Murder and Development – what's the link?

homicide rates“There are many reasons why people kill each other and multiple driving forces often interact when they do, but homicide levels and trends indicate that the link between homicide and development is one of the clearest. Higher levels of homicide are associated with low human and economic development.

The largest shares of homicides occur in countries with low levels of human development, and countries with high levels of income inequality are afflicted by homicide rates almost four times higher than more equal societies.

Homicide and property crime were affected by the global financial crisis of 2008/2009, with increases in homicides coinciding with drops in Gross Domestic Product (GDP) and rises in the Consumer Price index (CPI) in a sample of countries affected by the crisis. Likewise, levels of economic performance also have an affect on homicide.

Homicide rates in South America, for example, have decreased during periods of economic growth in the last 15 years. Homicide trends also followed the economic fluctuations in many of the countries that once formed part of the Soviet Union, by increasing when GDP dropped in the aftermath of its break up, before decreasing once their economies had recovered.

Long-term, sustainable economic and social development also requires governance based on the rule of law. Indeed, in all countries where there has been a strengthening of the rule of law in the last 15 years there has also been a decline in the homicide rate, while most countries where homicide has increased have a relatively weak rule of law.”

From the UN’s 2011 Global Study on Homicide

Other bits: 

Globally, the total number of homicides in 2010 was 468,000. More than a third (36 per cent) of those are estimated to have occurred in Africa, 31 per cent in the Americas, 27 per cent in Asia, 5 per cent in Europe and 1 per cent in Oceania.

Women may make up the majority of victims of intimate partner/family-related homicide, but the bigger picture reveals that men are most often involved in homicide in general, accounting for some 80 per cent of homicide victims and perpetrators.

Southern Africa and Central America, South America and the Caribbean have considerably higher homicide rates than other subregions, while, at the opposite end of the scale, Western, Northern and Southern Europe, and Eastern Asia have the lowest homicide rates.

And the most lethal countries in the world are (in descending order) St Kitts and Nevis (eh?), Guatemala and Honduras, with 85, 84 and 83 murders per 100,000 people respectively. Great, now I’m really looking forward to my trip to Guatemala next month.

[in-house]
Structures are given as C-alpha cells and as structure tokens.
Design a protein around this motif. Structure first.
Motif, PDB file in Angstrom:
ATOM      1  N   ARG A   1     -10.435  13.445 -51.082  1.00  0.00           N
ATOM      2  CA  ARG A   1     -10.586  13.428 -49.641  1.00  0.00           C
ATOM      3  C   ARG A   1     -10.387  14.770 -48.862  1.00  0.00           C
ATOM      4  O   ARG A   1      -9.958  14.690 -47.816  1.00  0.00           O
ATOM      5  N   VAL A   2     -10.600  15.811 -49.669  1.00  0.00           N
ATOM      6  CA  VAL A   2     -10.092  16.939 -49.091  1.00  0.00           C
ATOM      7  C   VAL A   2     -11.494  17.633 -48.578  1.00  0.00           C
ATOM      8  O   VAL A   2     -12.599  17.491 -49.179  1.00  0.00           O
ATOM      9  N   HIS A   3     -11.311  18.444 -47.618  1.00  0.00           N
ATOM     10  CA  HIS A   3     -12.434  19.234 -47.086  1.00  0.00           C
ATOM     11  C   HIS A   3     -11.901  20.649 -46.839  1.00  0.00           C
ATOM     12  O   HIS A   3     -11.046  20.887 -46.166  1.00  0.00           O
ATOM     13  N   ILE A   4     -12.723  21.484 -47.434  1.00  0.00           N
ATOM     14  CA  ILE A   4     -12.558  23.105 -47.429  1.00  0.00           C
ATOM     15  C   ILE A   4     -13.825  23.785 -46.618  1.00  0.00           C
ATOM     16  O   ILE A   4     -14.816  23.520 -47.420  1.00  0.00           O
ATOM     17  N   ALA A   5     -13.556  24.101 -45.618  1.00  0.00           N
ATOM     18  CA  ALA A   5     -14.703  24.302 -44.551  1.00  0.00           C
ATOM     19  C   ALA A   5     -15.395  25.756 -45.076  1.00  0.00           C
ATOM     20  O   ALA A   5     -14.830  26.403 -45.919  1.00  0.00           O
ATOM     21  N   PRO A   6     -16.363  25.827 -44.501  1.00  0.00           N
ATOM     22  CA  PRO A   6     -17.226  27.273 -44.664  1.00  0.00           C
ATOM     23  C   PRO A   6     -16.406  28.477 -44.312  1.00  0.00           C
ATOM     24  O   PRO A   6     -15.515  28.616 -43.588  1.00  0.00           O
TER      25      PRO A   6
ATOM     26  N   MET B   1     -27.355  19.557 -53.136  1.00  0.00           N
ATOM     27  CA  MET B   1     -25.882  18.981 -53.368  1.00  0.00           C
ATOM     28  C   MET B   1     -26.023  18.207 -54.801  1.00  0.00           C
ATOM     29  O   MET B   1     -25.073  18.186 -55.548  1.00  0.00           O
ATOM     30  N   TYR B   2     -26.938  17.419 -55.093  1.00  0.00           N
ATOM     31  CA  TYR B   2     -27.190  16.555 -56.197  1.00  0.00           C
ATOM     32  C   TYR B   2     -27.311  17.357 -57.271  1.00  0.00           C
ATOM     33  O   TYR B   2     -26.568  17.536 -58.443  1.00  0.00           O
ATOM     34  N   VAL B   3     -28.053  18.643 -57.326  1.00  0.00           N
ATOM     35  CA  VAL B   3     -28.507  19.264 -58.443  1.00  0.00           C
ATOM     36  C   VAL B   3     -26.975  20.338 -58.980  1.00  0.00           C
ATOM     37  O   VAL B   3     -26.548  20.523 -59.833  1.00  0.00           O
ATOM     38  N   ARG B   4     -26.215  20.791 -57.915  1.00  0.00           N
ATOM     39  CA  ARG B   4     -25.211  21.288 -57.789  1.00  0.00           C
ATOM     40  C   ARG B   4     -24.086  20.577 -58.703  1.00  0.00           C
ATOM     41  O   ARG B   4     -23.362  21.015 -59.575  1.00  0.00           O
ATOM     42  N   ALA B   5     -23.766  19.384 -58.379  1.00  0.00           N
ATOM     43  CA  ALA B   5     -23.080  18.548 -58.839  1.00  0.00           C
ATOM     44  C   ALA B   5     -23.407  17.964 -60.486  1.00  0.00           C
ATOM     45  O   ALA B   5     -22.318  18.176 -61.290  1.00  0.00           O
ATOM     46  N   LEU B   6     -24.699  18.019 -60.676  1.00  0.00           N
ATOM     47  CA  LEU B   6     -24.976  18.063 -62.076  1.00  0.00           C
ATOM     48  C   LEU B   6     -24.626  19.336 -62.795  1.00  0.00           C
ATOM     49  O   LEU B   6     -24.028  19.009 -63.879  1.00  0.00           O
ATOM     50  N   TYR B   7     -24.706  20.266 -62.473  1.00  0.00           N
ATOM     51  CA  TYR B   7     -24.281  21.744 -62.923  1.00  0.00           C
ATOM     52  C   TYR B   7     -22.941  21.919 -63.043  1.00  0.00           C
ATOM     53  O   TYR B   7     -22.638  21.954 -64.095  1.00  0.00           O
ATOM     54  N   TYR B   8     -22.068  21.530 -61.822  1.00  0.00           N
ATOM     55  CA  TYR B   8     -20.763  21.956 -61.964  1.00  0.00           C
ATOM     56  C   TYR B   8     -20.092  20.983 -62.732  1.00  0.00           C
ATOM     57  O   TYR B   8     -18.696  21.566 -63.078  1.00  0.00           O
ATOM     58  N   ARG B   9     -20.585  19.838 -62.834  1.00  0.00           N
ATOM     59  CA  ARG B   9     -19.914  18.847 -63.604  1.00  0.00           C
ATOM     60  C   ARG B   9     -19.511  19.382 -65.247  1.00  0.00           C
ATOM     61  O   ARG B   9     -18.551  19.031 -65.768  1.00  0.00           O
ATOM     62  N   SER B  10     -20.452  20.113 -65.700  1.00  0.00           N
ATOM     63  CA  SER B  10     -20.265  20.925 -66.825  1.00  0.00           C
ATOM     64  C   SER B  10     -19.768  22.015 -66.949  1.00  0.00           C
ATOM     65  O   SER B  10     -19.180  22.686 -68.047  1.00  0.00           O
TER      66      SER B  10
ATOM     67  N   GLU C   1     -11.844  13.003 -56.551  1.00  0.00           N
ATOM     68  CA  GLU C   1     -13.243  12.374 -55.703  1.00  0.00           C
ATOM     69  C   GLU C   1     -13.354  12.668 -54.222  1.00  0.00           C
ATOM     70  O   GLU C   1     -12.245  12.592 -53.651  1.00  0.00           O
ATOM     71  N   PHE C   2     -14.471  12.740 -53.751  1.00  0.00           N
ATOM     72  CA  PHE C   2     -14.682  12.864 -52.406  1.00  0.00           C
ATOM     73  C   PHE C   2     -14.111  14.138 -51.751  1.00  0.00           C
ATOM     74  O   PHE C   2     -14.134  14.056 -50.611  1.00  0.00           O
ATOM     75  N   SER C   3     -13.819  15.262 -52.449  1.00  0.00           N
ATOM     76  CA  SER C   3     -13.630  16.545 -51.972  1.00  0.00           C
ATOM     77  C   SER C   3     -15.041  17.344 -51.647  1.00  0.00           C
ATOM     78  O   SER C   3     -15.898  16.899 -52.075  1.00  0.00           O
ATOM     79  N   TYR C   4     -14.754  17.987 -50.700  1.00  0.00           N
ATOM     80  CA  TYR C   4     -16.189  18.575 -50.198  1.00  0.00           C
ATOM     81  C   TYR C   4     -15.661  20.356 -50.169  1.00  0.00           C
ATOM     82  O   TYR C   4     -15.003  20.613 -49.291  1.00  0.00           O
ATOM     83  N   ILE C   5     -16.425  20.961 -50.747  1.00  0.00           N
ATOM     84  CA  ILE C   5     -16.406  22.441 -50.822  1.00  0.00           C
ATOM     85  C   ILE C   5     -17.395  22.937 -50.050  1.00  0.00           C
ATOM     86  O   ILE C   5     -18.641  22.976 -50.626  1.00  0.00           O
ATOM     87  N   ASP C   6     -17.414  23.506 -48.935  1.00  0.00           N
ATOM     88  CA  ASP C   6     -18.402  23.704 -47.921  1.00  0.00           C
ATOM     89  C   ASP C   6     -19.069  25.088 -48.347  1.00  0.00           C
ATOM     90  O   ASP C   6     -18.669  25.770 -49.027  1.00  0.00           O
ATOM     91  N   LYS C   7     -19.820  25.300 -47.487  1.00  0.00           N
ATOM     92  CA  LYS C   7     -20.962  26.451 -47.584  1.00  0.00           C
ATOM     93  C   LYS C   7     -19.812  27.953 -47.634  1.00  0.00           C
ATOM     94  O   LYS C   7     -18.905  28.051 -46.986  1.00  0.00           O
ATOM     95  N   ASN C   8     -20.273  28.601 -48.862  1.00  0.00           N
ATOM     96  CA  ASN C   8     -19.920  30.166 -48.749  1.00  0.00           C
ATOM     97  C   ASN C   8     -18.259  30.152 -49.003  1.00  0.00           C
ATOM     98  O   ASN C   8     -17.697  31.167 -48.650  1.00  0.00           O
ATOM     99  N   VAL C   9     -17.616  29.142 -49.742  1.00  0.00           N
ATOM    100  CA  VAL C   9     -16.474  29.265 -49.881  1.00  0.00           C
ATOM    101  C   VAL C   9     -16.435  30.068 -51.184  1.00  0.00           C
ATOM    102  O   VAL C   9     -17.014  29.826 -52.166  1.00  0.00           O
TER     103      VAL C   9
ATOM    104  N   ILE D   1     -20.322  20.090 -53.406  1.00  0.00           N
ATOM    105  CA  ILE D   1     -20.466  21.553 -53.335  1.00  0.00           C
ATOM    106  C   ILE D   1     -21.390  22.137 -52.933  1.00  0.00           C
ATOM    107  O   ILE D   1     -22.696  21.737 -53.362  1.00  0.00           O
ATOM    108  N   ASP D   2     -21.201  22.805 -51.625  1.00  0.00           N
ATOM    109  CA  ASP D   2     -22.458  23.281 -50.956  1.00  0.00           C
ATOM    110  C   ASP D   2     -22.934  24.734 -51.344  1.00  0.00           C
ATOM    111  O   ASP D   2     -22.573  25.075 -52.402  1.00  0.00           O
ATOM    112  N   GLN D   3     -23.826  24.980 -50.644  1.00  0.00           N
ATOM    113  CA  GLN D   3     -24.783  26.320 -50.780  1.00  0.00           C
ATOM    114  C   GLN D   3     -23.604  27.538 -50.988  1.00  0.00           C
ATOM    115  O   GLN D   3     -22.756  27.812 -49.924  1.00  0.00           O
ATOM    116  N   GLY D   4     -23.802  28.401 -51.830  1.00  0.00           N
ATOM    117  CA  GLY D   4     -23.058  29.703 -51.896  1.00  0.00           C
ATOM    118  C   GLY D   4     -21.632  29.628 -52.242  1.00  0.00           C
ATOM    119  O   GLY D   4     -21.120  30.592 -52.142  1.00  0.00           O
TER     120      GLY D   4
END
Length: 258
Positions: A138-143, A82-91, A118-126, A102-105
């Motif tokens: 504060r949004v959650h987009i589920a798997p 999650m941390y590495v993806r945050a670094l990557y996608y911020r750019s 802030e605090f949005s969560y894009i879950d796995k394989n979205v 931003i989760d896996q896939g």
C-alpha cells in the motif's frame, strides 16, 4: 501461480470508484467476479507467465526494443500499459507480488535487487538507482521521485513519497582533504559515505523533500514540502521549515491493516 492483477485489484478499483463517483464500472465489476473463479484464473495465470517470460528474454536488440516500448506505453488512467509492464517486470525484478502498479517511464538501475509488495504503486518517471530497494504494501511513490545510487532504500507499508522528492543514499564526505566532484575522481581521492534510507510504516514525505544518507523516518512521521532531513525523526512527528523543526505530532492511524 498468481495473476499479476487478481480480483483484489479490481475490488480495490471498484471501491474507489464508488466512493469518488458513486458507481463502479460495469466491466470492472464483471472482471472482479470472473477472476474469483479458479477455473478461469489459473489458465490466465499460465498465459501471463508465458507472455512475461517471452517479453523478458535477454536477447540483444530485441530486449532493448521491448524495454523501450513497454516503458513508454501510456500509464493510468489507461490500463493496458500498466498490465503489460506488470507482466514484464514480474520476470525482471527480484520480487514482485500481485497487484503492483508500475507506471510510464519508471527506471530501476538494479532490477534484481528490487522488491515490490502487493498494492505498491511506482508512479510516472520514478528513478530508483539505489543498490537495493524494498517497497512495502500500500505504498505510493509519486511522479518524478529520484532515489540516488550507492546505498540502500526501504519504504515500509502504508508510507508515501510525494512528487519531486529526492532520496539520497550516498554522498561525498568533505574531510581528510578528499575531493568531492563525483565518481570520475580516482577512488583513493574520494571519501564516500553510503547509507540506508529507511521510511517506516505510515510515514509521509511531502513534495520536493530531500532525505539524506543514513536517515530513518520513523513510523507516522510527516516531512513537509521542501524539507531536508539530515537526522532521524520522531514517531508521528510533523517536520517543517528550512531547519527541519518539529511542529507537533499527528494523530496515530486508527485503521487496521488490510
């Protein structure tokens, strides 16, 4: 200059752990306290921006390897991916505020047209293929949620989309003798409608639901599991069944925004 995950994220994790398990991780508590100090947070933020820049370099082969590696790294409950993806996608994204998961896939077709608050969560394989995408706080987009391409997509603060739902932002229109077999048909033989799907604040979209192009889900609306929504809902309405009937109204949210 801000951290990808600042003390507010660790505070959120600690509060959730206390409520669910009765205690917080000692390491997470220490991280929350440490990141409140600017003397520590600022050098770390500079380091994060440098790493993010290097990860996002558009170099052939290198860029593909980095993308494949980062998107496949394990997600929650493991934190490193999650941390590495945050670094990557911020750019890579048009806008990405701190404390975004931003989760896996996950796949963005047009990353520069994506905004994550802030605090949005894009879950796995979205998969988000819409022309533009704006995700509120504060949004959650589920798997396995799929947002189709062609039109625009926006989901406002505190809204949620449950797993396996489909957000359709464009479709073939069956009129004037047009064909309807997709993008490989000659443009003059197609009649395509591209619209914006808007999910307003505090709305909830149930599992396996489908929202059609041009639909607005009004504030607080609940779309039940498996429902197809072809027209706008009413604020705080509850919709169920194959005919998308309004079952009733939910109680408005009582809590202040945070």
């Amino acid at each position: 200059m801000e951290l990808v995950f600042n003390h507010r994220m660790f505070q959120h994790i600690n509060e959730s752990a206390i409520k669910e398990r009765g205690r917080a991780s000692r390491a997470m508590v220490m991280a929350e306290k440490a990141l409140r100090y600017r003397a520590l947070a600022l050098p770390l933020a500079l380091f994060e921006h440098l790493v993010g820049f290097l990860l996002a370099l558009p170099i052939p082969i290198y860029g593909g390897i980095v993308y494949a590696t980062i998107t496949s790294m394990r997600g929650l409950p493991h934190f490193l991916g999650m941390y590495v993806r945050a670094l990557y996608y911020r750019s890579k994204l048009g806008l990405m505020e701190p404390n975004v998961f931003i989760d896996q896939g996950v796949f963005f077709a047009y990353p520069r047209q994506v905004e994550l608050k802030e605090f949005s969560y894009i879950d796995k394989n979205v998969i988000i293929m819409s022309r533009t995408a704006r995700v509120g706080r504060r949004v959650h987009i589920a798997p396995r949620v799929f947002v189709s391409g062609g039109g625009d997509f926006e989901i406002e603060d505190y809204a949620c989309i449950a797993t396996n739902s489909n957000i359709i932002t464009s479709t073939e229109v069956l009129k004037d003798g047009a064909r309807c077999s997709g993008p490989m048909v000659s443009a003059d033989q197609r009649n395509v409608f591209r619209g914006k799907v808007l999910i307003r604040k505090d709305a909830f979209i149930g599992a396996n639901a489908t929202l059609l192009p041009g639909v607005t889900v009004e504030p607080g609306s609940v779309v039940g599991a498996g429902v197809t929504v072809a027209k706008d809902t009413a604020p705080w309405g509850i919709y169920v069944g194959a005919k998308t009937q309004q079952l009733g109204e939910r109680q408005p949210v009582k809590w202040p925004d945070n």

[h/t Ed Cairns]

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3 Responses to “Murder and Development – what's the link?”
  1. Nicholas Colloff

    One feature of homicide that you do not mention (and may reassurre you about visiting Guatemala) is that most people are killed by people they know or at least have a social connection to or because they themselves are engaged (or perceived to be engaged) in criminal activity (drugs being the obvious example)- thus gang member kills member of competing gang, wife kills husband (or more usually vice versa).

    So as long as you do not antagonise your Oxfam colleagues or engage in a little illicit moonlighting activity, you should be safe.

    Though I remember Guatemala as unnerving as people talked of crime as English people might of house prices: ubiquitous stories widely shared.

    Duncan: thanks for the attempted reassurance Nicholas. Brazil’s the same – the middle class swap stories about abductions, being locked in car boots by kidnappers etc, just like the Brits endlessly discuss the weather. Wish I’d had that advice about not antagonising colleagues – too late now.

  2. Sara

    Greetings from Honduras. I am honduran and I feel kind of ashamed for holding this position in homicide rates. It is true what Mr. Nicholas Colloff says, that it depends on the circles you move in, definitely.
    I just wanted to let you know that there are some of us down here who, instead of being afraid, view this as room for improvement and are working to change things. It is difficult, some people think it is just about increasing security and a better police force. I believe this is useless unless you are also working on the roots and causes of these reactions. Education and moral values play an important role in society’s development, and should also be strongly targeted when trying to achieve economic growth and decrease homicide rates.
    I’m committed to help change the situation in my country. I’m young and I’m not hopeless!

    Duncan: Thanks Sara, great comment
    I’m sure you will enjoy your trip to Guatemala.

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